Well it's over. For those of you who don't know, I just finished my senior research paper! The topic was New Rich Women and Women of the Nobility in Edwardian Era England. I had to acquire quite a bit of resources, and because my topic is not wildly popular, there weren't too many scholarly articles out there (if you have stumbled upon any, please let me know because I'd actually like to think I missed something). There were however, a plethora of books, but you wouldn't believe how many books are in the Hatcher Graduate Library about the Edwardian Era, and how few there are about women specifically. I found this to be the case across the board, though. Maybe in a few years I'll publish something. ;) I did happen to find a few gems, which aided me quite a bit. One of them, Juliet Nicolson's The Perfect Summer, I have on my book list already. Others, such as The Edwardian Woman and Edwardian Promenade, are discoveries from when I started my research, some of them I found at the very end of my research, and a couple of them I just discovered that I want to read. You know you picked the right research topic when you're not sick of your topic, you're just sick of writing!
- I'm beginning to think of Nicolson's The Perfect Summer as "old faithful" but a British "old faithful" because it aided me quite a bit in my research. Nicolson is a journalist. Sometimes it's debatable whether or not a book written by a journalist could be seen as academic, (which is not to say that jouralism is not academic), but in the eyes of many history professors, books written by journalists can either be solid or a complete toss-away. The Perfect Summer is a keeper however because it's well researched, and let's face it: not too many Ph.D's out there are the great-grandaughter of the Hon. Vita Sackville-West, who herself came from the nobility, and a writer of one of the first books about the Edwardians. As you can imagine, Nicolson has a lot of insider information about the Edwardian aristocrocy, ranging from such notable women as Lady Diana Manners, considered to be the most beautiful woman of her time (and a perfect example of how the upper class system worked), to Clementine Churchill, married to--well you know.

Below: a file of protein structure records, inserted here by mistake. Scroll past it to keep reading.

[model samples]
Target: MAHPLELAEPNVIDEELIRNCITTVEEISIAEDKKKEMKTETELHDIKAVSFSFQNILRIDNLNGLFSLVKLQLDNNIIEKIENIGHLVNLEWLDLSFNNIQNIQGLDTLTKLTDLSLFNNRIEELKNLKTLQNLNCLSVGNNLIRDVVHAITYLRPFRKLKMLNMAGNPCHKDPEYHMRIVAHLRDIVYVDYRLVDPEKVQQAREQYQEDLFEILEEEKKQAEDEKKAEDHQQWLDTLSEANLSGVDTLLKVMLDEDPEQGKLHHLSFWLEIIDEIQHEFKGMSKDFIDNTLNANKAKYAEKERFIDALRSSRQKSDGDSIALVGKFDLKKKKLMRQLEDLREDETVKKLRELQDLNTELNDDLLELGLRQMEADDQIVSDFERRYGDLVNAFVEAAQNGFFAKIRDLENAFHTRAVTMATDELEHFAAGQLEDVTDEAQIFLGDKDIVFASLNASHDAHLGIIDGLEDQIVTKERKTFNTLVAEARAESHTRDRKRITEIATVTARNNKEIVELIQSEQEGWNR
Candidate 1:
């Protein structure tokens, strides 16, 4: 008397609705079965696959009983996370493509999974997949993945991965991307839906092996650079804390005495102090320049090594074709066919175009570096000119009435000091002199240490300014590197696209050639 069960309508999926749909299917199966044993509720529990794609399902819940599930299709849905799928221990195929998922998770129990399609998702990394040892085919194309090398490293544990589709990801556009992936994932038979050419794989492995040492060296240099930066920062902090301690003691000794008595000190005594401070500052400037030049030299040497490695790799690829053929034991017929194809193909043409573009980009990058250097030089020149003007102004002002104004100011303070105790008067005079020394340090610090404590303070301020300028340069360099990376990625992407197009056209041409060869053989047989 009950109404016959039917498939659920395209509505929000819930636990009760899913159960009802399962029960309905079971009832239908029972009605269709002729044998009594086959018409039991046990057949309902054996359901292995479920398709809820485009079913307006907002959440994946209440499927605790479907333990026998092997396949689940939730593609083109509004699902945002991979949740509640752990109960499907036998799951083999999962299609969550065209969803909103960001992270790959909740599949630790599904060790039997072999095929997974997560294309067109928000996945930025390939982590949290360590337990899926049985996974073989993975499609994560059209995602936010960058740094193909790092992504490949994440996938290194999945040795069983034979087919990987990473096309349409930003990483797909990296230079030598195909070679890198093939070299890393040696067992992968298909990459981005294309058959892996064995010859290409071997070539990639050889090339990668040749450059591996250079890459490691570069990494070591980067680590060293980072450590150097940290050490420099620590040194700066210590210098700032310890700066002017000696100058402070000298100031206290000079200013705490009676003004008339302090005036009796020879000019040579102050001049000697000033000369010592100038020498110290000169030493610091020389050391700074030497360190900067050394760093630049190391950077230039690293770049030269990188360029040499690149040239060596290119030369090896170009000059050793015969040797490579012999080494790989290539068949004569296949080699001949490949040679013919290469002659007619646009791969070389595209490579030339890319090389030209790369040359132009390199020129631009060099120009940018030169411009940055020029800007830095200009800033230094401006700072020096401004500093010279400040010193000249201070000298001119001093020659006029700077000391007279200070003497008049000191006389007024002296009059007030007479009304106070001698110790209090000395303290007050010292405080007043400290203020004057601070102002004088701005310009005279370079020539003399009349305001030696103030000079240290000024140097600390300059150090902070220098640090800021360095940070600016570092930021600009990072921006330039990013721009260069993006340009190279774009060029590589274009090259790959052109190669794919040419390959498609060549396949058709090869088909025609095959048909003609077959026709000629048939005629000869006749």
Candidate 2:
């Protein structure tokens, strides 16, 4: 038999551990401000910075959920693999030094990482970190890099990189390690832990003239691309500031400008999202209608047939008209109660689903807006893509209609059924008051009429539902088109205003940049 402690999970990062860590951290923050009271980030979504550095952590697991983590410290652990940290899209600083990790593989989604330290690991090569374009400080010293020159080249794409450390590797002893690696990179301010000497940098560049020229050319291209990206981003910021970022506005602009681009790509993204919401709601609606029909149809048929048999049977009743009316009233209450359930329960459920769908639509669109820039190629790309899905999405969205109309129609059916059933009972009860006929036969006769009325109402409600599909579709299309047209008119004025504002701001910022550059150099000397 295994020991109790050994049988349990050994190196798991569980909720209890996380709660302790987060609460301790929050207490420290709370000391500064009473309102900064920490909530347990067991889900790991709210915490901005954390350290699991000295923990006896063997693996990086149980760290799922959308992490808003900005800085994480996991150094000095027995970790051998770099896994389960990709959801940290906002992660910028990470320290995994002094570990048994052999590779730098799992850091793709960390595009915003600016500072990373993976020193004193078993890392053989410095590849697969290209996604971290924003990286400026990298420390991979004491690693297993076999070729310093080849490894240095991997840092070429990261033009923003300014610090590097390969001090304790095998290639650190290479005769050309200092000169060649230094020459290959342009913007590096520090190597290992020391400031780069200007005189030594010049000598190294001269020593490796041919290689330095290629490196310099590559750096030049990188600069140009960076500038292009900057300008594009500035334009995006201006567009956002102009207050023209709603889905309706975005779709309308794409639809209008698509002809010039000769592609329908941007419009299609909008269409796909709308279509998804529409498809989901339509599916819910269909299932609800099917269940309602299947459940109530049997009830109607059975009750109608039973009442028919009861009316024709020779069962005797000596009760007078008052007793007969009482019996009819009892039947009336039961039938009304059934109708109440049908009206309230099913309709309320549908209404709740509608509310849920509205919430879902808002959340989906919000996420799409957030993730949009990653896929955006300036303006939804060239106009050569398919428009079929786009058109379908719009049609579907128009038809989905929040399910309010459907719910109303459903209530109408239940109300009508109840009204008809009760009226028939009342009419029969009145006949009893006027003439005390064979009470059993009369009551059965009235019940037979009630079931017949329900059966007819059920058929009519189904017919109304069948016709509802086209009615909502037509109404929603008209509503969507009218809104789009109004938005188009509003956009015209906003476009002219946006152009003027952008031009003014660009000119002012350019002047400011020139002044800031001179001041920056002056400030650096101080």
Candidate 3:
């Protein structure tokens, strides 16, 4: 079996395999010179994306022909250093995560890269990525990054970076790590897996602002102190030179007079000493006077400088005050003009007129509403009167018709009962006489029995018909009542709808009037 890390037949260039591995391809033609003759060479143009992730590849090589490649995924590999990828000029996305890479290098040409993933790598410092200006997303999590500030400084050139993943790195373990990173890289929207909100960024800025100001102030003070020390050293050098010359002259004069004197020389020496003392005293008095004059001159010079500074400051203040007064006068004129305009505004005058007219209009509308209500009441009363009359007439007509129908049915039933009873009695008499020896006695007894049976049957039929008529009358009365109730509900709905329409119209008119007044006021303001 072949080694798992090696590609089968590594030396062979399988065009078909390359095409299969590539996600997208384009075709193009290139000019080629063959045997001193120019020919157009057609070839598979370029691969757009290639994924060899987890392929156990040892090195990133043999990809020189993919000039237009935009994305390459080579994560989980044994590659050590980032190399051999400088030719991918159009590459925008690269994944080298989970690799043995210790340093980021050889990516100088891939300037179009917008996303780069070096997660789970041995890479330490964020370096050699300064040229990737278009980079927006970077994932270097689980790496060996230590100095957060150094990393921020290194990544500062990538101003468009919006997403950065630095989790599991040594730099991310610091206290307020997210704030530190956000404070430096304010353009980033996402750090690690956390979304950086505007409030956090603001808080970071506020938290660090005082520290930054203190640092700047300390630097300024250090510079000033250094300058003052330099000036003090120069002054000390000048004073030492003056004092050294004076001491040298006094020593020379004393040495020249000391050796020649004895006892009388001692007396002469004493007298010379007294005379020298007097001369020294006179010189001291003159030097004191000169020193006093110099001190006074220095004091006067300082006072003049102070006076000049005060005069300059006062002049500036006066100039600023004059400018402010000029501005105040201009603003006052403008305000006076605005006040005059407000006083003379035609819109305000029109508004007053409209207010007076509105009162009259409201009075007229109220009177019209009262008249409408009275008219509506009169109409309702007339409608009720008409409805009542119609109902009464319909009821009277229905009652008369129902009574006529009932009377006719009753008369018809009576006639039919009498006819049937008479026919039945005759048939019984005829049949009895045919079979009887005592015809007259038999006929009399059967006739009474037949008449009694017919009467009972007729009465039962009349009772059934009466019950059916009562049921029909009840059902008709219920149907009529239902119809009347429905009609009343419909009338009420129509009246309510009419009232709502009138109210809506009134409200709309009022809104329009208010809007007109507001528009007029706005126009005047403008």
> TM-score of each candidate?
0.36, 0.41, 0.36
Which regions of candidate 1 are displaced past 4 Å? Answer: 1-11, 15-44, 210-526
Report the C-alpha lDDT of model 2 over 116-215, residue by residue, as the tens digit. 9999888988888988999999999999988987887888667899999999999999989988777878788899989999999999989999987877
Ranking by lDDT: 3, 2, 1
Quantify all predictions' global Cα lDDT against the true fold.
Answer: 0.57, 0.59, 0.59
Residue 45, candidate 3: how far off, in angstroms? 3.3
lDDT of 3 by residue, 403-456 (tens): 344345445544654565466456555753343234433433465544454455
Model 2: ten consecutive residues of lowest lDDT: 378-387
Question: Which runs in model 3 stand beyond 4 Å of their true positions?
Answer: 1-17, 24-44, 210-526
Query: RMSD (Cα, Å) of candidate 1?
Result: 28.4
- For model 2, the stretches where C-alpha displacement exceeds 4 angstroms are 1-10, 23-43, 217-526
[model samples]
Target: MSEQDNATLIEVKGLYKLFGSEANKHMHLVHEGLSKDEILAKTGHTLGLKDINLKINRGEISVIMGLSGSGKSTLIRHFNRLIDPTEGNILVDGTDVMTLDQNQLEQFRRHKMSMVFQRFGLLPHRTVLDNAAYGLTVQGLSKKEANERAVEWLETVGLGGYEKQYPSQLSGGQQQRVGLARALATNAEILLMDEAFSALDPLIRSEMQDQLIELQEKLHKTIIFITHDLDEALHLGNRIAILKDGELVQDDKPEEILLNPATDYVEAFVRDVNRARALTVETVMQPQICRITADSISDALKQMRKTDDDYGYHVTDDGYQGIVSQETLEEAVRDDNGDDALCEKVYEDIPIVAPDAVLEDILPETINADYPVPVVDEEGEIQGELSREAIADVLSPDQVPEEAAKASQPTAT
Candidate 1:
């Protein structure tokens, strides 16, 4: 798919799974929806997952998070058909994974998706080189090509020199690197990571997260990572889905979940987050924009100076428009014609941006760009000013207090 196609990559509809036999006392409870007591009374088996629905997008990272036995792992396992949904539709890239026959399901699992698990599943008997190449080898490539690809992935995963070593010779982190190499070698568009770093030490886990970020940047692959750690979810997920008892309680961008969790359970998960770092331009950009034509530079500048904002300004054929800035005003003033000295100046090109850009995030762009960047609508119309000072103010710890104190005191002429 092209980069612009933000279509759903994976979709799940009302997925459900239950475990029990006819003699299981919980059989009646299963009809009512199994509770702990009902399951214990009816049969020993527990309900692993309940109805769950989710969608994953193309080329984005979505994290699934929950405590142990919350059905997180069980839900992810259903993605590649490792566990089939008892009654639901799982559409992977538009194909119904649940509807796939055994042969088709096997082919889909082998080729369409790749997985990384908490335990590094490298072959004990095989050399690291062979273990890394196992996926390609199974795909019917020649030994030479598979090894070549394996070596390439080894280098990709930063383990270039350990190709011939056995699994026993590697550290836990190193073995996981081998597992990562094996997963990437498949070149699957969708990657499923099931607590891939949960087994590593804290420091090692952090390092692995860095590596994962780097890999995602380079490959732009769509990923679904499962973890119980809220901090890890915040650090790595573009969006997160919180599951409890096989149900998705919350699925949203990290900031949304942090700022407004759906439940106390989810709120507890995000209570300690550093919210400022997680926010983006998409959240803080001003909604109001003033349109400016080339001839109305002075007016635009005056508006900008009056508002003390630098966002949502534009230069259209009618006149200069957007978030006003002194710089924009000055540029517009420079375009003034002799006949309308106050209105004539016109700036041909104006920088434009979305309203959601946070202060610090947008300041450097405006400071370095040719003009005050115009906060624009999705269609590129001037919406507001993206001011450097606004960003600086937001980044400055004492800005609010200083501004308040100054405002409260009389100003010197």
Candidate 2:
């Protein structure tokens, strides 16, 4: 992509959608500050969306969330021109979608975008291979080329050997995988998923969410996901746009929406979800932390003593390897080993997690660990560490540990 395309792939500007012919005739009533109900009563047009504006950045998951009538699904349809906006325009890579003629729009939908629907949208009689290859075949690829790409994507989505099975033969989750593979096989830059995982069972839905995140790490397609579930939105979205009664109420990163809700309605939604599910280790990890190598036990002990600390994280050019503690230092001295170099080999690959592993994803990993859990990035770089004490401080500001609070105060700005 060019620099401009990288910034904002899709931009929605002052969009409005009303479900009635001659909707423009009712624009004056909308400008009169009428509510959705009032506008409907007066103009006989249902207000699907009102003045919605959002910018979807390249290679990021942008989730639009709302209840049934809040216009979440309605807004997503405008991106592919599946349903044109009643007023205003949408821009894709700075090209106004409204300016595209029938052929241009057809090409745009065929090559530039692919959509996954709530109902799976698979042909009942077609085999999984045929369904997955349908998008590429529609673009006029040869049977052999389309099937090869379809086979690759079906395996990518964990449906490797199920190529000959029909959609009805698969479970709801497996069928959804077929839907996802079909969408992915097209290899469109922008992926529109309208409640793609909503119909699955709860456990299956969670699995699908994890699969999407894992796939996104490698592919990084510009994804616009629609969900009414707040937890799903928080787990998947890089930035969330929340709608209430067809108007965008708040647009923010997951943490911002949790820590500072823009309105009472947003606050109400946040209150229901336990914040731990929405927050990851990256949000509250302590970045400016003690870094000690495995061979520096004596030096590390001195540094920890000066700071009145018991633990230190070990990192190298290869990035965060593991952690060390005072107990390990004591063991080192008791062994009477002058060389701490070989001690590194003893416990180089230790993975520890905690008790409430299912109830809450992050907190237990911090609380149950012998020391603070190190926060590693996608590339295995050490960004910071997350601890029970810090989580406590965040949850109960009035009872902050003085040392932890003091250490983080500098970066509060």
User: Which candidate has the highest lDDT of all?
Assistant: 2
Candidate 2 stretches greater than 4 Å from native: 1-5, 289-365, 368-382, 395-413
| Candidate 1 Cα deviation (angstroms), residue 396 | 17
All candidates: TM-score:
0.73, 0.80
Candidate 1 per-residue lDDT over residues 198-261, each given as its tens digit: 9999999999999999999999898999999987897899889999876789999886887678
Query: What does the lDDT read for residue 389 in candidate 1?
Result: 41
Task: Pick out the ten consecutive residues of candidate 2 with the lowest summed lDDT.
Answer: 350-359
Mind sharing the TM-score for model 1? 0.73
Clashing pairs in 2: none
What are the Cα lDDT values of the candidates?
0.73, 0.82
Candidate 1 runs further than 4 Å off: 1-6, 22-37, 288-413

- This book took me by surprise. I had flipped through it at the library thinking it would probably end up being of limited use to me. When I got it home, I couldn't stop reading it. Jame's Laver's Edwardian Promenade is a pretty old book, but one of the best in terms of information it had about women in the Edwardian Era. He gives a lot of examples through first hand accounts gathered from newspapers, magazines, journals and books written either during or not too long after the Edwardian Era. If you're looking for solid information, don't let the fact that it has pictures fool you, it's a great source.
- Duncan Crow's The Edwardian Woman was fantastic, if not solely for the fact that it's one of the few of its kind. It contains a wealth of information regarding everything concerning the era's social history in relationship to women. Topics ranged from the London "season", to the significance of the country house, to factory life and wage concerns. He also explains a bit about the influence Queen Alexandra had on women at the time. The only complaint I have is that I wish he covered more about the middle class-not that he never touched upon the subject, I just wish he had more pages devoted to it.
- Elizabeth and her German Garden is a novel, but I want to read it. It was a best-seller at the time, and in my mind, reading popular novels from the past seems like a great way to get a good perception of what was going on in women's lives. I want to read it. Could be boring, it talks a lot about gardening, but I want to see what the hype was about.
And that's it!